• 11. 10 Endnotes 1 In favour: (33), Australia, Belgium, Bolivia, Brazil, Byelorussian S.S.R., Canada, Costa Rica, Czechoslovakia, Denmark, Dominican Republic, Ecuador, France, Guatemala, Haiti, Iceland, Liberia, Luxemburg, Netherlands, New Zealand, Nicaragua, Norway, Panama, Paraguay, Peru, Philippines, Poland, Sweden, Ukrainian S.S.R., Union of South Africa, U.S.A., U.S.S.R.,Uruguay,Venezuela. Against: (13), Afghanistan, Cuba, Egypt, Greece, India, Iran, Iraq, Lebanon, Pakistan, Saudi Arabia, Syria, Turkey, Yemen. Abstained: (10), Argentina, Chile, China, Colombia, El Salvador, Ethiopia, Honduras, Mexico, United Kingdom, Yugoslavia. 2 Goldschmidt Arthur Jr., World War I, the Ottomoan Jihad, and the Arab Revolt, Understanding the Contemporary Middle East, Colorado, Lynne Rienner Publishers, 2000, 56-57. 3 State Of Israel, League of Nations Palestine Mandate: July 24, 1922 (28th of Tamuz, 5682), http://www.stateofisrael.com/mandate/ , accessed 20/09/2003. 4 Laqueur Walter, The History of Zionism, London, Taurisparke Paperbacks, 2003, 596-7. 5 United Nations, Yearbook of the United Nations 1946-47, Department of Public Information, United Nations, Lake Success, New York, 1947. http://domino.un.org/UNISPAL.NSF/9a798adbf322aff38525617b006d88d7/6199d7529e2481a385256299006e8e4f!OpenDocument&Highlight=2,1947 6 Flapan Simha, Israelis and Palestinian” Can They Make Peace?, Journal of Palestinian Studies, Vol XV, No.1, Issue 57, Washington DC, Autumn 1985, 26. 7 Khalidi Walid, Revisiting the UNGA Partition Resolution, 6. 8 Khalidi Walid, Revisiting the UNGA Partition, as above n7, 6-7. 9 Ibid. 10 Jerome Slater, What Went Wrong? The Collapse of the Israeli-Palestinian Peace Process, Political Science Quarterly, Vol 116, Number 2, Summer 2001. Quoted by Michael Bar-Zohar in his biography on Ben-Gurion, Facing a Cruel Mirror (New York: Charles Scribner’s Sons, 1990). 11 Khalidi Walid, Revisiting the UNGA Partition Resolution, as above n7, 7. 12 Rosie George, The Directory of International Terrorism, Edinburg, Mainstream Publishing, 1986, 68. Khalid Walid, Revisiting the UNGA Partition Resolution, as above n7, 7. 13 Rense.com, Past Zionist-Jewish Terrorism - Some Historical Facts, http://www.rense.com/general21/pastzionist.htm , accessed 25/09/2003. 14 Ibid. 15 Ibid. 16 Ibid. 17 United Nations General Assembly, Resolution 181 (II). Future government of Palestine, A/RES/181(II)(A+B)29 November 1947, http://domino.un.org/UNISPAL.NSF/9a798adbf322aff38525617b006d88d7/7f0af2bd897689b785256c330061d253!OpenDocument , accessed 25/09/2003. Mansfield Peter, The Arabs, Third Edition, London, Penguin Books, 1992, 176-177. 18 United Nations General Assembly, Resolution 181 (II). Future government of Palestine, A/RES/181(II)(A+B)29 November 1947, http://domino.un.org/UNISPAL.NSF/9a798adbf322aff38525617b006d88d7/7f0af2bd897689b785256c330061d253!OpenDocument , accessed 25/09/2003 19 Khalidi Walid, A Palestinian Perspective on the Arab-Israeli Conflict, 38. 20 Khalidi Walid, Revisiting the UNGA Partition Resolution, 11. 21 Ibid. 22 Kalidi Walid, Revisiting the UNGA Partition Resolution, 13. 23 Sharoni Simona, Abu-Nimer Mohammed, The Israeli-Palestinian Conflict, Understanding the Contemporary Middle East, Colorado, Lynne Rienner Publishers, 2000, 170. 24 Andrew Christopher, Gordievsky Oleg, KGB: The Inside of Its Foreign Operations From Lenin to Gorbachev, London, Hodder & Stoughton,1990, 342-343. 25 Resolution 181, as above n1. 26 El Fassad Arjan, UN Partition of Palestine, Palestine Chronicle, Sunday 02 2002, http://palestinechronicle.com/article.php?story=20020602045857330, accessed 25/06/2003. 27 Ibid. United Nations General Assembly, About The General Assembly, http://www.un.org/ga/57/about.htm , accessed 25/09/2003 28 Ibid. 29 United Nations, Charter of the United Nations and Statute of the International Court of Justice, New York, Department of Public Information, 3. 30 Khalidi Walid, Revisiting the UNGA Partition Resolution, as above n7, 11. 31 As above n26. (El Fassad). 32 Ibid. 33 Ibid. 34 Ibid. 35 UN Doc. A/AC 14/32, 11 November 1947, p. 304). 36 Government of Palestine, Statistical Abstract, 1944-1945, 42. 37 Appendix IV, to the Report of Sub-Committee 2, UN Doc. A/AC 14/32, 11 November 1947, p. 270. 38 Sharoni Simona, Abu-Nimer Mohammed, The Israeli-Palestinian Conflict, Understanding the Contemporary Middle East, Colorado, Lynne Rienner Publishers, 2000, 170.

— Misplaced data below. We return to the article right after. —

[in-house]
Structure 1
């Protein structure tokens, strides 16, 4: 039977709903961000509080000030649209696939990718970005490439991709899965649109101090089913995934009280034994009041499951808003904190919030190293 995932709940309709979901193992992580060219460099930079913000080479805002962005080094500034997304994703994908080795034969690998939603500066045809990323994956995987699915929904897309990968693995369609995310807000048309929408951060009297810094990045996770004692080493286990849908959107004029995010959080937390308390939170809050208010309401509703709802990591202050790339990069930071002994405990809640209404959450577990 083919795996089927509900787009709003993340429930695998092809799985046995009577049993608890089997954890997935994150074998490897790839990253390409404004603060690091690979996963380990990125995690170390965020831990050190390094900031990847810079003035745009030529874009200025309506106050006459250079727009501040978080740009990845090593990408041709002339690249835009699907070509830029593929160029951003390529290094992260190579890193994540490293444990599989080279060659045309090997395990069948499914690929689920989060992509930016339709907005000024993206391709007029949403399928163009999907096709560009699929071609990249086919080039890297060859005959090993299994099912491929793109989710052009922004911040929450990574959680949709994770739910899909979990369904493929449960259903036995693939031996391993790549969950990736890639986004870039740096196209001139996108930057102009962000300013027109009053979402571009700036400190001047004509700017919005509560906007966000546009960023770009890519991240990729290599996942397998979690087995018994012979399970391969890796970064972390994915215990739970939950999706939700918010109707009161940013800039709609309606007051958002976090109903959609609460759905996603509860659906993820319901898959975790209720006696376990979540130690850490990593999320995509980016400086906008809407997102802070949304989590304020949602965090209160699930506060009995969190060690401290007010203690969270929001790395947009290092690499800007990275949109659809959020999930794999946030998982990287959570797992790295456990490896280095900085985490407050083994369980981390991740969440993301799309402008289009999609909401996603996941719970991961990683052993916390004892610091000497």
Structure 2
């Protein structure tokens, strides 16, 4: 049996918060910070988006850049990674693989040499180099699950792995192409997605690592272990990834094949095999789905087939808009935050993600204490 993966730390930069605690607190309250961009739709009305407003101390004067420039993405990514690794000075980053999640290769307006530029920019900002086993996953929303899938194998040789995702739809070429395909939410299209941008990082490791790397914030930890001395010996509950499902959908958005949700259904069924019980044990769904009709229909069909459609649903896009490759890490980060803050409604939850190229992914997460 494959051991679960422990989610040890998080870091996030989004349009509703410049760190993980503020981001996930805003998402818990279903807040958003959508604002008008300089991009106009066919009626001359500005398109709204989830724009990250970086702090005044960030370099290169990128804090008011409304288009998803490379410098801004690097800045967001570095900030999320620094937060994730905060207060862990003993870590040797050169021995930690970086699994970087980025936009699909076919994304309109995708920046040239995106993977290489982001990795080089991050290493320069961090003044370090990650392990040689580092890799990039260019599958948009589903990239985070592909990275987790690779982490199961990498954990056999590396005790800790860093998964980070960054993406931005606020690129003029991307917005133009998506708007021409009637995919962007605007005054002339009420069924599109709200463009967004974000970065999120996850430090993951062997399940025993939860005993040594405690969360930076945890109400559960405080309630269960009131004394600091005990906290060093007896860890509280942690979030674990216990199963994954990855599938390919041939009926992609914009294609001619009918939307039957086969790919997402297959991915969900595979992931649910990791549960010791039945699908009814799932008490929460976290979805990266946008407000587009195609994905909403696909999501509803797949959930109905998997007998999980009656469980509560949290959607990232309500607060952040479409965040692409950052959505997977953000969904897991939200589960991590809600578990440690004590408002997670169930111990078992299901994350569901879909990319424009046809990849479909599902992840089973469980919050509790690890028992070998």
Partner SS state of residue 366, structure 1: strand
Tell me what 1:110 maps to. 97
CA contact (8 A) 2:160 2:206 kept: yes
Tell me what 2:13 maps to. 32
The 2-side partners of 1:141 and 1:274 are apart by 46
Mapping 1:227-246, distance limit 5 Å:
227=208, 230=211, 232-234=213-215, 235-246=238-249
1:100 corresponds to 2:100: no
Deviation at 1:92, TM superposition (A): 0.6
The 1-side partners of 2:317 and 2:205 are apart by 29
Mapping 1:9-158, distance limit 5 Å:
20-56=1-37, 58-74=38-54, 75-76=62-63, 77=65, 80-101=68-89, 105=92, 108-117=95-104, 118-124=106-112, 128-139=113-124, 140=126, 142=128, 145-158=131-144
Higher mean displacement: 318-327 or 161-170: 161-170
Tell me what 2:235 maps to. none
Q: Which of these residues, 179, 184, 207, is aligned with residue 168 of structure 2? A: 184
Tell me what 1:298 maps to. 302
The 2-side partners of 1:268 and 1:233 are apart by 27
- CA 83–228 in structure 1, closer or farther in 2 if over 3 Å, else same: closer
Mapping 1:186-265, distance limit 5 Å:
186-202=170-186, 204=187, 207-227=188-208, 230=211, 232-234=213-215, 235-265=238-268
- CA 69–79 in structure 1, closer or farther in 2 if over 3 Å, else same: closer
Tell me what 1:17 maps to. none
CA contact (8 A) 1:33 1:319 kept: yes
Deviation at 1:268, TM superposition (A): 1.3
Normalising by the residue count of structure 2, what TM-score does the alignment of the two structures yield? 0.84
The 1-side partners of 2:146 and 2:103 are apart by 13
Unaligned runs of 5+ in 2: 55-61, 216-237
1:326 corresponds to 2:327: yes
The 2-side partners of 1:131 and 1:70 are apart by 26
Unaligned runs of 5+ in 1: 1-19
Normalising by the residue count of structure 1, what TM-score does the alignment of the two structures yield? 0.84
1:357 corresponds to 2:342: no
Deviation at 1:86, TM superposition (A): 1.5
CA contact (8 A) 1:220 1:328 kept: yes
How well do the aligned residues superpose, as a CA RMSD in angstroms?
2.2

• 12. 11 Khalidi Walid, Revisiting the UNGA Partition Resolution, as above n7, 13. 39 Rense.com, Past Zionist-Jewish Terrorism - Some Historical Facts, as above n13. 40 Laqueur Walter, The History of Zionism, London, Taurisparke Paperbacks, 2003, 596-7. 41 Flaphan Simha, Israelis and Palestinians: Can They Make Peace?, Journal of Palestinian Studies, Vol. XV, No.1, Autumn 1985, Issue 57, 29. 42 Id. 43 United Nations General Assembly, Resolution 181 (II). Future government of Palestine, as above n17. 44 British White Paper of June 1922, http://www.mideastinfo.com/documents/white_paper.htm, accessed 25/09/2003.